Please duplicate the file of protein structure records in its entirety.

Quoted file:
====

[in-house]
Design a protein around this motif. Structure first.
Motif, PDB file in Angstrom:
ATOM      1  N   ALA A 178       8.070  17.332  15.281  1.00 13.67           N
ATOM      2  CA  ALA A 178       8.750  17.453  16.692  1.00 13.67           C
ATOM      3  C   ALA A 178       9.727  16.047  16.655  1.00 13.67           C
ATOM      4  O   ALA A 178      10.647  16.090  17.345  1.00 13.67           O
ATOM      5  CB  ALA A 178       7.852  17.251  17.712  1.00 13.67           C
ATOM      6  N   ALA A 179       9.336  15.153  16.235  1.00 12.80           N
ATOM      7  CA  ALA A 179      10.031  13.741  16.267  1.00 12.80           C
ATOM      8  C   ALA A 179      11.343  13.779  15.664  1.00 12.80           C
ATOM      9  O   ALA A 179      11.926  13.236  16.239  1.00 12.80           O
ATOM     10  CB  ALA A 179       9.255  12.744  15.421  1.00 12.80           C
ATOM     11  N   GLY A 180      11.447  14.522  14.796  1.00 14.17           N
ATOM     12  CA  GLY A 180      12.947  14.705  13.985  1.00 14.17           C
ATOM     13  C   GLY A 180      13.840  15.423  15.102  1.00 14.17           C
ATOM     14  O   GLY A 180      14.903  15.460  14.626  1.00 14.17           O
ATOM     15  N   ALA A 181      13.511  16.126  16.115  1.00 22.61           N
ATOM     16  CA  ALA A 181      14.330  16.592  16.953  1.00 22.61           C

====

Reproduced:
[in-house]
Design a protein around this motif. Structure first.
Motif, PDB file in Angstrom:
ATOM      1  N   ALA A 178       8.070  17.332  15.281  1.00 13.67           N
ATOM      2  CA  ALA A 178       8.750  17.453  16.692  1.00 13.67           C
ATOM      3  C   ALA A 178       9.727  16.047  16.655  1.00 13.67           C
ATOM      4  O   ALA A 178      10.647  16.090  17.345  1.00 13.67           O
ATOM      5  CB  ALA A 178       7.852  17.251  17.712  1.00 13.67           C
ATOM      6  N   ALA A 179       9.336  15.153  16.235  1.00 12.80           N
ATOM      7  CA  ALA A 179      10.031  13.741  16.267  1.00 12.80           C
ATOM      8  C   ALA A 179      11.343  13.779  15.664  1.00 12.80           C
ATOM      9  O   ALA A 179      11.926  13.236  16.239  1.00 12.80           O
ATOM     10  CB  ALA A 179       9.255  12.744  15.421  1.00 12.80           C
ATOM     11  N   GLY A 180      11.447  14.522  14.796  1.00 14.17           N
ATOM     12  CA  GLY A 180      12.947  14.705  13.985  1.00 14.17           C
ATOM     13  C   GLY A 180      13.840  15.423  15.102  1.00 14.17           C
ATOM     14  O   GLY A 180      14.903  15.460  14.626  1.00 14.17           O
ATOM     15  N   ALA A 181      13.511  16.126  16.115  1.00 22.61           N
ATOM     16  CA  ALA A 181      14.330  16.592  16.953  1.00 22.61           C